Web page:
After the Iraqi Army managed to completely retake Eastern Mosul in Northern Iraq from IS by late January 2017, combing operations resulted in a remarkable find. In early February 2017, Iraqi forces discovered a Chinese-made Type 69 MBT in a small wooded area that had been converted into an SVBIED. The turret had been removed from the hull, which was also fitted with side slat armour. This is the only recorded instance of an SVBIED based on an MBT in Iraq, and the only instance overall where a Chinese-made tank was used.
Just a few days later across the border in Syria, another unique tank-based SVBIED was employed by IS. By early February 2017, IS had positioned themselves very close to the perimeter of Syrian loyalist-controlled al-Seen airbase in Damascus countryside. In an effort to seize the base, IS sent the first and so far only recorded SVBIED based on a T-72. However, the MBT failed to explode and was instead seized by loyalist forces guarding the base. In this case, the turret had similarly been removed from the hull.
As Syrian loyalist forces swept across the central and Eastern Syrian deserts in the latter half of 2017, they managed to seize and destroy a large number of armoured vehicles and SVBIEDs operated by IS. In early September 2017, loyalist forces captured an SVBIED based on a T-55 near Taybah, West of Deir ez-Zor city. In this case, the turret was also removed from the hull. This was also the last recorded example of MBT-based SVBIED use by IS.
Between December 2014 and September 2017, IS used a total of 10 SVBIEDs based on MBTs. I’ve listed some statistics regarding this use below:
Type 69: 1
Deir ez-Zor: 6
Northern Aleppo: 1
Damascus countryside: 1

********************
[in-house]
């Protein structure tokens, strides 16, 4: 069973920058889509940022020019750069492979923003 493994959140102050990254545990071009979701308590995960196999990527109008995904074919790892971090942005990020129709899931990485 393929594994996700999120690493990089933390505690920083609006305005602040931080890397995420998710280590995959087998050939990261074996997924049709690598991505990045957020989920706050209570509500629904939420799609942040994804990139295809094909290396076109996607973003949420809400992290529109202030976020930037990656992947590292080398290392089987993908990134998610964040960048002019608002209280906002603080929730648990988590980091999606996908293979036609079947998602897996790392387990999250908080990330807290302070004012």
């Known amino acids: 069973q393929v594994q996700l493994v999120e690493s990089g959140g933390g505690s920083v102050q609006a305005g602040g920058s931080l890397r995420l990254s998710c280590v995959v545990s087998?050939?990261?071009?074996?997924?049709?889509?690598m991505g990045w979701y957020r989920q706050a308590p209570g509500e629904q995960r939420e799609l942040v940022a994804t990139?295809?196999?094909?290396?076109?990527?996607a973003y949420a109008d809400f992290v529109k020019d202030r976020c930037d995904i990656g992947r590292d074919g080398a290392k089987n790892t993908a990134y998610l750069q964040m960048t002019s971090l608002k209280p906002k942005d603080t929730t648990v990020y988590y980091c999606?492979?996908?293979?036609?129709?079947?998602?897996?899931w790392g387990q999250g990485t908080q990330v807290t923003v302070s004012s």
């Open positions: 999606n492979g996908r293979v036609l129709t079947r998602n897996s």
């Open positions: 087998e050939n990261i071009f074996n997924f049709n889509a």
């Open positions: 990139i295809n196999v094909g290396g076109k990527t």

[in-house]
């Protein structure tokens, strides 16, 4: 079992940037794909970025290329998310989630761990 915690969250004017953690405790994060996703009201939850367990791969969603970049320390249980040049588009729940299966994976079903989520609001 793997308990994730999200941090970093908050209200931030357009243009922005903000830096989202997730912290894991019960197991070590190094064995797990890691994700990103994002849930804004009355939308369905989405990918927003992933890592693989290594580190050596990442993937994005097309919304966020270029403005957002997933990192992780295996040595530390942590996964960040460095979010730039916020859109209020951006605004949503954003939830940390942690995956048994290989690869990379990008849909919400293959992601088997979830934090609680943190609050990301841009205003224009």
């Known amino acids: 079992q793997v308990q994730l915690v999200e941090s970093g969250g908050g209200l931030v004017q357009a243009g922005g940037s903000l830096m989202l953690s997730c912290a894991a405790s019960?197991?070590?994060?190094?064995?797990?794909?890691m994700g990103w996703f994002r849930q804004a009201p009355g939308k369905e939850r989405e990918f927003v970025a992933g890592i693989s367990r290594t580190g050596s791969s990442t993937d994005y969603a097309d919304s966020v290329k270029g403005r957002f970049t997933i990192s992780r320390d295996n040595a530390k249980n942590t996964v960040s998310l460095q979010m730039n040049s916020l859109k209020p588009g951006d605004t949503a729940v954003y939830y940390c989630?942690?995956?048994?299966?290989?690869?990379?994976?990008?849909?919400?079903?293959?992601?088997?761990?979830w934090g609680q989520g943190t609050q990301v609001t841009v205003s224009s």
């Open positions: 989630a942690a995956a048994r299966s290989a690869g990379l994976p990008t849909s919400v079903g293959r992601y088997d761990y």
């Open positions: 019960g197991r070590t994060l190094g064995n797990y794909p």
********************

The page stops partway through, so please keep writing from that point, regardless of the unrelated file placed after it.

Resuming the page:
A number of conclusions can be drawn here. The overwhelming majority of all SVBIED attacks based on MBTs have been carried out in Syria, more specifically in the Deir ez-Zor region. The fact that almost all tanks were Soviet-made ties in to that as well. In my first ever article examining IS use of SVBIEDs, I was able to establish that most military armoured vehicles converted by IS to SVBIEDs were used in relative close proximity to the area in which they were captured in the first place. For example, since the Syrian army almost exclusively uses Soviet-made armoured vehicles and MBTs (such as the BMP-1 variants, T-55s, T-62s, T-72s, etc.) most of the SVBIEDs based on those vehicles that IS have used, have been used locally in Syria. The same is true for Iraq as well. Since the Iraqi army mainly operates US-made armoured vehicles (such as HMMWVs, M113 APCs, and the M1A1 Abrams MBT), most of the SVBIEDs based on those vehicles that IS have used, have been used in Iraq. The reason why there hasn’t been an IS SVBIED based on an Abrams MBT is because of the relative difficulty of piloting it, combined with the complex technical upkeep required to keep such a vehicle running. IS are aware of that, and would much rather detonate or set ablaze a captured example instead of attempting to salvage it. If an Abrams is difficult to pilot, then Soviet-made armoured vehicles are on the other side of the spectrum. These vehicles were purposely built to be as easy as possible to drive, so the BMP-1 or any of the Soviet-made MBTs hence require little training for a prospective SVBIED driver chosen to pilot any of them.